Robert Eggleton said...

Thanks again for the amazing spotlight on Rarity from the Hollow, an adult literary science fiction novel. A lot has happened since the post and I decided to update you and your readers.

The novel is currently in the process of being republished by Dog Horn Publishing, a traditional small press in Leeds. The 2016 Amazon link is:

Following are some of the highlights about the novel since we last communicated:

As you know, the novel was found by the editor of Atomjack Science Fiction Magazine to be laugh-out-loud funny in some scenes. Long-time science fiction book
critic, Barry Hunter, closed his review, "...good satire is hard to find and science fiction satire is even harder to find." http://thebaryonreview.blogspo......

A former Editor of Reader's Digest found that, "Rarity from the Hollow is the most enjoyable science fiction that I've read in several years."

Rarity from the Hollow was referred to as a hillbilly version of Hitchhiker's Guide to the Galaxy and awarded a Gold Medal by Awesome Indies: "...Tucked between the folds of humor are some profound observations on human nature and modern society that you have to read to's a funny book that most fans of sci-fi will thoroughly enjoy."

With respect to the story's treatment of tough social issues, this reviewer said:
"If I could, I would give it all the stars in the universe...I was hesitant to accept. I usually do not read or review books that discuss child abuse or domestic violence; however, I was intrigued by the excerpt and decided to give it a shot. I am glad that I took a risk; otherwise, I would have missed out on a fantastic story with a bright, resourceful, and strong protagonist that grabbed my heart and did not let go."

A prominent book reviewer from Bulgaria named Rarity from the Hollow as one of the best five books that he had read in 2015.

On January 20, 2016, Rarity from the Hollow was awarded a second Gold Medal by another popular book review site:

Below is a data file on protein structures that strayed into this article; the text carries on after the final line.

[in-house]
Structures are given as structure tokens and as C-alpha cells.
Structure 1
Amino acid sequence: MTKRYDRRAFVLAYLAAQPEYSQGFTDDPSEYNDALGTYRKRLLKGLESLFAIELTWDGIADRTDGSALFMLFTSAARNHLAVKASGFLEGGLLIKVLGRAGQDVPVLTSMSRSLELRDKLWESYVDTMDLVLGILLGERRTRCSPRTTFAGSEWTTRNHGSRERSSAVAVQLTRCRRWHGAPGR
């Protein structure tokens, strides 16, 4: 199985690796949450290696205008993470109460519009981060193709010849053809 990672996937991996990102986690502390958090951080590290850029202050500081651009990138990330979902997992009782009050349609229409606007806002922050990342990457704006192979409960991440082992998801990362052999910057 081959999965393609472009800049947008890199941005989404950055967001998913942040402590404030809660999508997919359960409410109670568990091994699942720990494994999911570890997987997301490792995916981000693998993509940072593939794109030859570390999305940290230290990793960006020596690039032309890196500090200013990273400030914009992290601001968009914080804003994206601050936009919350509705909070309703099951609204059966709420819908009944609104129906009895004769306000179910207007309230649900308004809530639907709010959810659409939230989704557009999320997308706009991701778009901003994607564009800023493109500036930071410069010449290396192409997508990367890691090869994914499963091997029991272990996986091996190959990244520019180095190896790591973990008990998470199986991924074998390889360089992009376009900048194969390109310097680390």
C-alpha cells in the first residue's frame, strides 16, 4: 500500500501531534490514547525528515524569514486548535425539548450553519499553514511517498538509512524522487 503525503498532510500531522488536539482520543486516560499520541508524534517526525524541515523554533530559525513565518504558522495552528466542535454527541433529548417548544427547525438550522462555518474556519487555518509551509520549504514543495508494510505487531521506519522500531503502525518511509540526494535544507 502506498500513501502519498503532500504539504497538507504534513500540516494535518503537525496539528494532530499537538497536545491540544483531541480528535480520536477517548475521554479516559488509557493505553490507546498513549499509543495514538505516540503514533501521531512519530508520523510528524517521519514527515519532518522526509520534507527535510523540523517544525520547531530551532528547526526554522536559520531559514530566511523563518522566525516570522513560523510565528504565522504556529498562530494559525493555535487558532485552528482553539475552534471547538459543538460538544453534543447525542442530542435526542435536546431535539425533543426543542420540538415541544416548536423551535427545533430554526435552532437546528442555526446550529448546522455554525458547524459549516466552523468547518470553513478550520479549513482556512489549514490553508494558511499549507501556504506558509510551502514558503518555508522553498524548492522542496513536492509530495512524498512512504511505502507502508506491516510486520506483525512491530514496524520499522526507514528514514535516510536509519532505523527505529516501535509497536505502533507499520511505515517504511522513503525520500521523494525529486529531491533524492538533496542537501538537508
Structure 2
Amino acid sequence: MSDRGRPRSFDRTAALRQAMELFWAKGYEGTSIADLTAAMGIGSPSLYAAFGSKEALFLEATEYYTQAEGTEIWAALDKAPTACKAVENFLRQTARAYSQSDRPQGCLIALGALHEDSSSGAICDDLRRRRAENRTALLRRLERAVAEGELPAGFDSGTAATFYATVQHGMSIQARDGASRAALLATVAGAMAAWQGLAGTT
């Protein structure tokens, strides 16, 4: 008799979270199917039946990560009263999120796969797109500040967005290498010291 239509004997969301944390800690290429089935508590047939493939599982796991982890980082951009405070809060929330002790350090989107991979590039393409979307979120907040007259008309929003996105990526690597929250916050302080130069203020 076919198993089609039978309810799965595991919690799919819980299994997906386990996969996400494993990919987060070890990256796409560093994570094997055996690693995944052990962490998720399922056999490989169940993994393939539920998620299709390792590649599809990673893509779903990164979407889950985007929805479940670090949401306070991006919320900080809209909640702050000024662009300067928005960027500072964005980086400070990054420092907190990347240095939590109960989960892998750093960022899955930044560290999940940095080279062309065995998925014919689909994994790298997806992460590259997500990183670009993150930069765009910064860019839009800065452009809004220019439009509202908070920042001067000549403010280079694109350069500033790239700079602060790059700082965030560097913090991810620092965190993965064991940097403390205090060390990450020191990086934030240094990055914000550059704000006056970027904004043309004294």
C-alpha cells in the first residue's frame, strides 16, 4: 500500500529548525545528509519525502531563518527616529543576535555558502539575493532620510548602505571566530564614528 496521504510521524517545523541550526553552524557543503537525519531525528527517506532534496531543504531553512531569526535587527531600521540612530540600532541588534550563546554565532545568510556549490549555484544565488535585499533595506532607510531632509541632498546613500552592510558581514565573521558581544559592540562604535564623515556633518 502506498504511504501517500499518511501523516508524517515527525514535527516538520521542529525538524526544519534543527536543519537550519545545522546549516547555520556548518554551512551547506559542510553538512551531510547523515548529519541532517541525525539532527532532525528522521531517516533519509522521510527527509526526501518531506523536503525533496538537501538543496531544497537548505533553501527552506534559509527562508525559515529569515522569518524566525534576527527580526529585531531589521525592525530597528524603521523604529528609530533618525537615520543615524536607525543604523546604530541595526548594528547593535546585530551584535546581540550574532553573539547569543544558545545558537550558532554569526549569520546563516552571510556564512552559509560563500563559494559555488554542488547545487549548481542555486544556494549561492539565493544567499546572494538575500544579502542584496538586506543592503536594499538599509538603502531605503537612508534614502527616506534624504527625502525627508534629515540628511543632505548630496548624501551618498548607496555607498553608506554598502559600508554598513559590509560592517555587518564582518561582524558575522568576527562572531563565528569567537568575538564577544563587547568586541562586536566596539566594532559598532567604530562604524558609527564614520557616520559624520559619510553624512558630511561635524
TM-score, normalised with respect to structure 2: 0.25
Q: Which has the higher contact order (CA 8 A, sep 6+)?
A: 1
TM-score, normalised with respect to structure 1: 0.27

An Affiliate of Fantasy Fan Federation, an international organization that has been around since the 1940s, posted on Amazon: "The author has created a new narrative format, something Ive never seen before, with a standard third-person narration, interspersed, lightly, with first-person asides. This makes me think of Eugene ONeills play Strange Interlude where internal and external dialogue are blended. Rarity from the Hollow begins with some rough stuff, hard to read, involving child neglect and child abuse. But it soon turns the corner to satire, parody, and farce, partaking a little of the whimsical and nonsensical humor of Roger Zelazny or even Ron Goulart...."

"...There is much here worthy of high praise. The relationship between Lacy Dawn and DotCom is brilliant. The sense of each learning from the other and them growing up and together is a delight to read. The descriptions of DotCom's technology and the process of elevating the humans around him again is nicely done. Eggleton reminds me very much of Robert Heinlein at his peak...."

Rarity from the Hollow has now appeared on over one-hundred blogs or magazines worldwide, in twenty-three different countries including all over the U.S. and the U.K., Finland, Mexico, Bulgaria, Belgium, South Africa, Croatia, Uruguay, India, Taiwan, Australia, Nigeria, Egypt, Malaysia, Canada, Vietnam, Portugal, The Netherlands, Sweden, The Philippines, and Israel. The project has grown into a world-wide movement to sensitize people about child maltreatment through a satiric and comical science fiction adventure.

Thanks again for your beautiful spotlight!

Robert Eggleton said...

The second edition of Rarity from the Hollow was released on November 3, 2016: The eBook version was released on December 5, 2016:

Robert Eggleton said...

After Christmas, the publisher is going to make the next deposit of author proceeds from the Rarity from the Hollow project into the nonprofit agency's account for the prevention of child maltreatment. Millions of American children will spend this holiday in temporary shelters. Having once been the director of emergency children's shelters in West Virginia, it is still heartbreaking to think about children not having a "real" family during Christmas. I remember the faces, the smiles and thank yous for the presents from staff, but….

I also wanted you to know that the novel received a very cool review by Amazing Stories Magazine. This is my tweet: “Amusing at times, shocking at others, a touching and somehow wonderful SFF read.” Full review by Amazing Stories Magazine: On Sale for Christmas: Proceeds help maltreated children:

Robert Eggleton said...

The 2018 Edition of Rarity from the Hollow is Available for Any eReader:

Robert Eggleton said...

Rarity from the Hollow has a new website: